This Dividend Aristocrat is Electric!
Chad is a member of The Motley Fool Blog Network -- entries represent the personal opinion of the blogger and are not formally edited.
I'm constantly amazed that in the stock market, the more you learn, the more you realize you don't know. I don't pretend to know everything about stocks, but I have been researching companies for over 19 years. I can honestly say that until this last year, the dividend aristocrat Emerson Electric (NYSE: EMR) has somehow escaped my notice. When I saw the name of the company, I assumed this was an electric utility. However, Emerson is actually in multiple businesses and would more correctly be called an industrial company. The company's streak of at least 25 years of dividend increases attracted me to the firm, but the more I dug into the numbers, the more I liked what I found.
Who Is Emerson Electric?
To understand Emerson's opportunities, you have to understand the different divisions of the company. The best way I can explain Emerson is if a company is doing something, Emerson helps them do it better. A good example is BP (NYSE: BP). BP recently selected Emerson as its contractor of choice for its North Sea Oil & Gas operations. Emerson will provide control and safety systems for five offshore fields in the U.K. BP expects by standardizing to one contractor that the company will realize benefits in the areas of training, maintenance, and project execution.
This is hardly the only division of Emerson, but it gives you an idea of how the company makes money. Emerson also is involved in industrial automation, climate technologies, and commercial & residential solutions. This product and services diversity gives the company multiple revenue streams, and helps the company weather storms in the different industries.
Of course the challenge any company faces by operating multiple divisions is that of multiple competitors. In the area of industrial automation, Emerson faces companies such as ABB Ltd (NYSE: ABB), which is a $35 billion market cap competitor from Switzerland. ABB generated over $2.6 billion in free cash flow last year, and has over $5 billion in cash and investments. With ABB expected to grow by over 11% in EPS, you can see not only is ABB a well-financed competitor, but they are expected to show good growth going forward.
When it comes to commercial solutions, General Electric (NYSE: GE) competes directly with Emerson for projects like the aforementioned BP drilling project. While GE is much more diversified than Emerson, the company is expected to show growth of over 12% in the next few years. GE needs no introduction to most investors, and a fast-growing GE is a real threat in any industry they choose to compete in.
When it comes to climate technologies, the first company that pops to my mind is Johnson Controls (NYSE: JCI). The company is a leader in climate control systems, and has strong relationships with many large corporations. Johnson Controls has been around since 1885 and is expected to grow at over 17% in the next few years. You can see Emerson's competitors are well known, well capitalized, and growing. So with these other choices, why would someone choose Emerson Electric?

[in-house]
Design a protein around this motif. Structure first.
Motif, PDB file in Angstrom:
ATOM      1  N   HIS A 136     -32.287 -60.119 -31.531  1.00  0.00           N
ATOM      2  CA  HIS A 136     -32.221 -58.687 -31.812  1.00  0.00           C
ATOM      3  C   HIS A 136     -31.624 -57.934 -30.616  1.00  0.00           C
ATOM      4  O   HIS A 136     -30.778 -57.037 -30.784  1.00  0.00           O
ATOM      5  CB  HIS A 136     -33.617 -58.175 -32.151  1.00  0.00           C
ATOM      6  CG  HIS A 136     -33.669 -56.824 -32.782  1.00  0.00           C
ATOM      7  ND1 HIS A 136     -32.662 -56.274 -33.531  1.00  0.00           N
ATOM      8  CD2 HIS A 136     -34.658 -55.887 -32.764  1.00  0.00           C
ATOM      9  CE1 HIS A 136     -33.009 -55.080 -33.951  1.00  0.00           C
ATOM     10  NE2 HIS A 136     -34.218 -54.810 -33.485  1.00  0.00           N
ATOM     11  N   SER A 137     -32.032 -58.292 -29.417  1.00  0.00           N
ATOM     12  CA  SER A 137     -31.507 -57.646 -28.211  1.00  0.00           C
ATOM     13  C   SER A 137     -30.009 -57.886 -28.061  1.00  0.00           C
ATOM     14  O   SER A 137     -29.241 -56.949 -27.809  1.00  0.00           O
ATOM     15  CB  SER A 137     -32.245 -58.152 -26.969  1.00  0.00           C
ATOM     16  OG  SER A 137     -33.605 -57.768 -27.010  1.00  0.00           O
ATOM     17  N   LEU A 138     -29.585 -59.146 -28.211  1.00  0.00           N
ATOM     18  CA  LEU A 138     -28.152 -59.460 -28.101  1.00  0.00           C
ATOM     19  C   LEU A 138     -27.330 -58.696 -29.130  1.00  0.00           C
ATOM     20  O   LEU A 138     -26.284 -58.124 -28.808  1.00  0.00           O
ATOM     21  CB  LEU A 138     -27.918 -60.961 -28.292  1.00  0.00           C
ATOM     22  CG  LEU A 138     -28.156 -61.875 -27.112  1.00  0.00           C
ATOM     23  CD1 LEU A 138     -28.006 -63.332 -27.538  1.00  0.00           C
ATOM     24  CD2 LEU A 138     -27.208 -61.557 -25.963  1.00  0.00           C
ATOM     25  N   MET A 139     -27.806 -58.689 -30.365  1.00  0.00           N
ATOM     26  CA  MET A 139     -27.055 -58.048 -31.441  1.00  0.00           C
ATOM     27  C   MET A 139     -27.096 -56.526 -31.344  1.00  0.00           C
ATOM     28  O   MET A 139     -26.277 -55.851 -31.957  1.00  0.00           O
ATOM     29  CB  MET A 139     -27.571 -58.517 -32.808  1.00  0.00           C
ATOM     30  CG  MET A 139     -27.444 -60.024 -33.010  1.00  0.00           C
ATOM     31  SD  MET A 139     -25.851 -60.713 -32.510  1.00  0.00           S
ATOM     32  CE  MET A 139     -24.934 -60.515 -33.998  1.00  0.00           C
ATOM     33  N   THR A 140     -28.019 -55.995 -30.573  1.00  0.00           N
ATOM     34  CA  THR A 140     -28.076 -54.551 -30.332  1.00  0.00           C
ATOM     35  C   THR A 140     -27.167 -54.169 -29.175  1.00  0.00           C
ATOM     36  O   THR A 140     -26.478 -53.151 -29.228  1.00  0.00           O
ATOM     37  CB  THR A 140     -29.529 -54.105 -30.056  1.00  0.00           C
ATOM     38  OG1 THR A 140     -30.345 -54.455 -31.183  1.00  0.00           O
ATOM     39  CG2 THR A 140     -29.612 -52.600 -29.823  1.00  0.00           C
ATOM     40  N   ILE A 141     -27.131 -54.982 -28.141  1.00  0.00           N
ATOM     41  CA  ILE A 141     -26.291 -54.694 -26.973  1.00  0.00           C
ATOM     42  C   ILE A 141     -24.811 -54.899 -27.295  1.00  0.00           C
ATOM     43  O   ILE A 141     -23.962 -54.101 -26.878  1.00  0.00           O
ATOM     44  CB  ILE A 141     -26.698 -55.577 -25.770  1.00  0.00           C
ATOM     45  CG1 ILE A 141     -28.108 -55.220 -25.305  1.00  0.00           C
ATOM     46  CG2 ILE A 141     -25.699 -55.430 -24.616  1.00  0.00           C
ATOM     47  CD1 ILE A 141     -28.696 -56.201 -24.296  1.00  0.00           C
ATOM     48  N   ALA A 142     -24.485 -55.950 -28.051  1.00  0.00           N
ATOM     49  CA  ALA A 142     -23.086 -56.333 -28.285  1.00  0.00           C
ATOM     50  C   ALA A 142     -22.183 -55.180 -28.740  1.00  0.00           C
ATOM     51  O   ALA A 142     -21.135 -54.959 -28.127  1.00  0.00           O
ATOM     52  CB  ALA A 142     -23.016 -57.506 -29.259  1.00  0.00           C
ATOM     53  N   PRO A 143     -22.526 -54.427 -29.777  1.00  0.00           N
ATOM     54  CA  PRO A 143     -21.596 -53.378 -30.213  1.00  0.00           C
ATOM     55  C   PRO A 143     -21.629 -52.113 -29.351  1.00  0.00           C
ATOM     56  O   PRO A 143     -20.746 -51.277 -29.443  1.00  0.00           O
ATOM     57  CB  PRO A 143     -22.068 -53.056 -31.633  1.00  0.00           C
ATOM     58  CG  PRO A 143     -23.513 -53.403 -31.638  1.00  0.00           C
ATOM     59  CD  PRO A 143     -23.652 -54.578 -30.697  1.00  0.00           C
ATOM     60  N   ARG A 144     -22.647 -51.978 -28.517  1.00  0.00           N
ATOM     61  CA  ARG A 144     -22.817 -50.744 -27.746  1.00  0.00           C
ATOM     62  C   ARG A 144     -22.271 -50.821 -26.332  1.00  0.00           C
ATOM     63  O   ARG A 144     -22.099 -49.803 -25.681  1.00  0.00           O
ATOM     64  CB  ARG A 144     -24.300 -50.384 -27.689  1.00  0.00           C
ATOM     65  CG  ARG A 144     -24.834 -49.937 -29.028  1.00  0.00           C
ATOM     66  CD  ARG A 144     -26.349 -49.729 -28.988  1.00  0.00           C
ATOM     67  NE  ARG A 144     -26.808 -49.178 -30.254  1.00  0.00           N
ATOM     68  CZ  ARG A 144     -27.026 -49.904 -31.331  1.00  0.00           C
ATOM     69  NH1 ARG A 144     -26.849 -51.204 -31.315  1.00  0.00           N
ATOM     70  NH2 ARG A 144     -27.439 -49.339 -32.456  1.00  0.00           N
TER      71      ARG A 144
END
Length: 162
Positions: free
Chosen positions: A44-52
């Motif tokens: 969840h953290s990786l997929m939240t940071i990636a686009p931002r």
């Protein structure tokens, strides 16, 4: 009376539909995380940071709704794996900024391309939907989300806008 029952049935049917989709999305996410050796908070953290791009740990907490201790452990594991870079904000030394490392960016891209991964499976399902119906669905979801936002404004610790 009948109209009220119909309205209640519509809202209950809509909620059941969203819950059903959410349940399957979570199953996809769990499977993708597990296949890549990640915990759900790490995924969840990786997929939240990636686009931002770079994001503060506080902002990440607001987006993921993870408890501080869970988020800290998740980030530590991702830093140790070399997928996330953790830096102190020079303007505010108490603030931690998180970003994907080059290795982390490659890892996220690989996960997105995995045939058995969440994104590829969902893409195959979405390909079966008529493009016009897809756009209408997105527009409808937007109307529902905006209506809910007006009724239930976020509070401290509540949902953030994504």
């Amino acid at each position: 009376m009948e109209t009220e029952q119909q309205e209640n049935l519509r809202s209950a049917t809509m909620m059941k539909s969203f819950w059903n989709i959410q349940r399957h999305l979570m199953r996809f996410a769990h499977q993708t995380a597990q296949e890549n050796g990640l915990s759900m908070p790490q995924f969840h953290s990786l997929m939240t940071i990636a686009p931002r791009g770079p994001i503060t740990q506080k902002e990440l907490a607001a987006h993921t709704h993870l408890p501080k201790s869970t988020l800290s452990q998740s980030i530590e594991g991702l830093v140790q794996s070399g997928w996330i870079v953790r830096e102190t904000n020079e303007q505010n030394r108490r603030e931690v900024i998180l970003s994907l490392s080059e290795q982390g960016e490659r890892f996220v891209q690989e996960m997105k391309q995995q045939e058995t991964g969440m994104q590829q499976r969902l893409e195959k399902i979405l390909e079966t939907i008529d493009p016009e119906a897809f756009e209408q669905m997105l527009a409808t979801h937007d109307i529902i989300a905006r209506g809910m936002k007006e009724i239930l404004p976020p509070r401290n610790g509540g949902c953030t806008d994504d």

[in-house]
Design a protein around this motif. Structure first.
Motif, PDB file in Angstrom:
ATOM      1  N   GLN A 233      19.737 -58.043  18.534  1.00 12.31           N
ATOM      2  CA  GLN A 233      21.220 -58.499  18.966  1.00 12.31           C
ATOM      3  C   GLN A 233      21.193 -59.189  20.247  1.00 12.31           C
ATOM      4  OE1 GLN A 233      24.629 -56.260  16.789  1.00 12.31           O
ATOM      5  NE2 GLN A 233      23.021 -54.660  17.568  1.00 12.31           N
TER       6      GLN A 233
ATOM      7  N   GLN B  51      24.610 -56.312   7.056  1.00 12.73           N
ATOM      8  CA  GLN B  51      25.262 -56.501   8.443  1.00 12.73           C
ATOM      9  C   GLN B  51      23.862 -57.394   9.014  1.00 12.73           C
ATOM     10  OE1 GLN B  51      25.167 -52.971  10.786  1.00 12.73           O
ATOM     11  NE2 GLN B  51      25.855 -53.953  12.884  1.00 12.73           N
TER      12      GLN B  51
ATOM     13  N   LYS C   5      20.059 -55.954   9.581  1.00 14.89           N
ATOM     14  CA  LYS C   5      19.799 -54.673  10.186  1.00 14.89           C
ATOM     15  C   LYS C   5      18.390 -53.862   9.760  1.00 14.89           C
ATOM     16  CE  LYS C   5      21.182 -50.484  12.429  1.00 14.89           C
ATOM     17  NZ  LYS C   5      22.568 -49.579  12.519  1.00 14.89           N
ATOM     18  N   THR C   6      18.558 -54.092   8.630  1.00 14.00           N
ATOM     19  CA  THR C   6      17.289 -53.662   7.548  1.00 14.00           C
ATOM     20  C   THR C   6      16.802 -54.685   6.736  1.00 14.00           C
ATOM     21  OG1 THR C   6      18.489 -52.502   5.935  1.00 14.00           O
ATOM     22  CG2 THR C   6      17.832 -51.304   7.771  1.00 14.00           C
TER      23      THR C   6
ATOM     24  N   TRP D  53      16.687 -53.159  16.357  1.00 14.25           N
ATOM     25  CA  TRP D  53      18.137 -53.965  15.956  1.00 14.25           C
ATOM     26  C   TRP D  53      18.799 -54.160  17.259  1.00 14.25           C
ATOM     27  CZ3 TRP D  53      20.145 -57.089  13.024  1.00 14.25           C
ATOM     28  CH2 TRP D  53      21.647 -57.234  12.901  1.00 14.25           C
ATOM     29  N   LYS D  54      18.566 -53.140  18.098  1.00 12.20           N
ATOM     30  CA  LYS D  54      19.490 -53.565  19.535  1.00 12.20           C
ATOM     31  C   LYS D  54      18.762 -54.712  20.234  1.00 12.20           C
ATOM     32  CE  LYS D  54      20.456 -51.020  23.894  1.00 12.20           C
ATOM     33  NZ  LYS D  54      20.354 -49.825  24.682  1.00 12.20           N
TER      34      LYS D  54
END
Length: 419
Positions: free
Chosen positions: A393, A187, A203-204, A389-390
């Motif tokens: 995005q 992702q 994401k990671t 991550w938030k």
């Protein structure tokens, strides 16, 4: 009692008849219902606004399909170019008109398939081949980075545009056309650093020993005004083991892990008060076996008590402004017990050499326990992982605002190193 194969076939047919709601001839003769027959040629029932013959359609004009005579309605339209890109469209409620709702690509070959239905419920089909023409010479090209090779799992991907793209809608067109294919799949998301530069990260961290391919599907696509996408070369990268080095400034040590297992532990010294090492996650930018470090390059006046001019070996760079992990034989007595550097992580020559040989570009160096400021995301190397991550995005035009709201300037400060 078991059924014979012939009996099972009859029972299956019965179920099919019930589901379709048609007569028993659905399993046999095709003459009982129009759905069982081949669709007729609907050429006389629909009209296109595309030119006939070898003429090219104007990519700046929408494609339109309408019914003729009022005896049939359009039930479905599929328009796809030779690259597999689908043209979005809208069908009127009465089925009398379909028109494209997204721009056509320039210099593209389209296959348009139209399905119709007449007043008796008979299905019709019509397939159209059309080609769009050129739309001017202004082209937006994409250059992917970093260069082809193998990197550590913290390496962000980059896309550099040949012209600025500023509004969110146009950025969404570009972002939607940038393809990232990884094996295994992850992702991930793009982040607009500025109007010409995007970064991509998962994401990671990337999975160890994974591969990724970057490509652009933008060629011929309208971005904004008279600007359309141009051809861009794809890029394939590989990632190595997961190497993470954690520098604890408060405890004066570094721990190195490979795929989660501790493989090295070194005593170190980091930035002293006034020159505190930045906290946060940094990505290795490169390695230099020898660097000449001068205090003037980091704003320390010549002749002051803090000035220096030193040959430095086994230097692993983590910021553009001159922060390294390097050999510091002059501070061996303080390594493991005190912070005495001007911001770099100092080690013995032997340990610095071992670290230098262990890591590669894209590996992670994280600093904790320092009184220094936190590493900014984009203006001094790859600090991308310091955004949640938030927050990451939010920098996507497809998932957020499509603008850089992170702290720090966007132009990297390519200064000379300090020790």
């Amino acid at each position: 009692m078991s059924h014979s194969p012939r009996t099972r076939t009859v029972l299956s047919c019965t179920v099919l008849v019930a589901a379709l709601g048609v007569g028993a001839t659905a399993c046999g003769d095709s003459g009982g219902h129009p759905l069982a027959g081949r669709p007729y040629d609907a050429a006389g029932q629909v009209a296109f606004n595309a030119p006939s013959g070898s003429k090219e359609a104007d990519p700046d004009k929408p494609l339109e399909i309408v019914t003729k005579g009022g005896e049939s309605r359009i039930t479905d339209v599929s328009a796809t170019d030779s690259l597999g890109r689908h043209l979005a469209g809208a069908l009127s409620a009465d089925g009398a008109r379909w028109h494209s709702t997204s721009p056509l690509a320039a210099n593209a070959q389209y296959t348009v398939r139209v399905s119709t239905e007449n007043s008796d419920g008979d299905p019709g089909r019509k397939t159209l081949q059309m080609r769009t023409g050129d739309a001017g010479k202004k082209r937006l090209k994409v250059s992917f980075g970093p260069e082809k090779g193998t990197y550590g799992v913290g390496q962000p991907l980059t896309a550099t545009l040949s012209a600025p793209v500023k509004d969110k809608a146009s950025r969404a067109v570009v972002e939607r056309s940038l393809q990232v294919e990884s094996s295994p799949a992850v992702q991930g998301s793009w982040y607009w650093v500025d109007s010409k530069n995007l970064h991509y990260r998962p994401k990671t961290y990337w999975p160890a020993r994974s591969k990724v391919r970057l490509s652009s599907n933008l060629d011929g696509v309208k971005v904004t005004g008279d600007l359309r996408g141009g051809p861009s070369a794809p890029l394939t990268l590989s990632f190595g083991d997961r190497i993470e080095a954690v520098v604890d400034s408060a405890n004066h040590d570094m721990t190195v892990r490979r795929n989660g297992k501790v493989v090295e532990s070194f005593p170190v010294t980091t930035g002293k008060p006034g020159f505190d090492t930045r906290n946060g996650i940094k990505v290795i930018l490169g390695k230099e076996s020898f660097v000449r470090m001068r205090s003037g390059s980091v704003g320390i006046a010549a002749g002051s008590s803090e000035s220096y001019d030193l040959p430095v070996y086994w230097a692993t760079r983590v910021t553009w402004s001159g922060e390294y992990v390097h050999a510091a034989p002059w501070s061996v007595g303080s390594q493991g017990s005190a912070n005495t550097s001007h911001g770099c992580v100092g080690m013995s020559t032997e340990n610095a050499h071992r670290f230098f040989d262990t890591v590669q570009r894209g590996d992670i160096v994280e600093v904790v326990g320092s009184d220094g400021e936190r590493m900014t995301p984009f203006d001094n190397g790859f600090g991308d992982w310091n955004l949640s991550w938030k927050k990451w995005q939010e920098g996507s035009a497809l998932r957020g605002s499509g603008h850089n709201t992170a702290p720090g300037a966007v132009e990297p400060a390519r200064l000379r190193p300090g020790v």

One big reason is the company's dividend record. When you are considering whether to buy a stock based on a dividend, the first question is, can the company afford its current payout? For Emerson, the answer to this question is a resounding yes. In the last three years, the company's free cash flow payout ratio has ranged from 36% to 40%. As a dividend aristocrat, investors expect an increase in the payout each year. However, this rate of increase can vary dramatically from company to company. To say that Emerson has increased its dividend growth in the last several years would be an understatement. In the most recent six years, Emerson has increased their dividend on average over 10%. In the prior five years to this streak, the average rate of increase was just over 3%. So with this jump in dividend increases, what should investors expect in the future?
Emerson is expected to grow EPS by over 11% in the next several years. In the last few years, operating cash flow growth has lagged net income growth. If this trend continues, and considering the low payout ratio, I would expect 8-11% dividend increases. Even if cash flow growth lags net income growth, an 11% increase would only slightly raise the company's payout ratio. With a current yield of 3.6% and 11% growth expected, the stock has a good combination of growth and income characteristics.
The best part of the story is the stock's forward P/E ratio today sits at just under 13 times forward earnings. In the last five years the average P/E ratio has been closer to 15.45 so this could mean the stock is undervalued at current prices. This dividend aristocrat has all of the characteristics I look for in the perfect stock -- a good yield, good growth, and a fair price. The fact that the dividend could continue to grow at 10% or so a year is a huge bonus. Use this information as a starting point for your research and see if you should add this electrifying company to your buy list.
MHenage has no positions in the stocks mentioned above. The Motley Fool owns shares of ABB. Motley Fool newsletter services recommend ABB and Emerson Electric Co.. Try any of our Foolish newsletter services free for 30 days. We Fools may not all hold the same opinions, but we all believe that considering a diverse range of insights makes us better investors. The Motley Fool has a disclosure policy. If you have questions about this post or the Fool’s blog network, click here for information.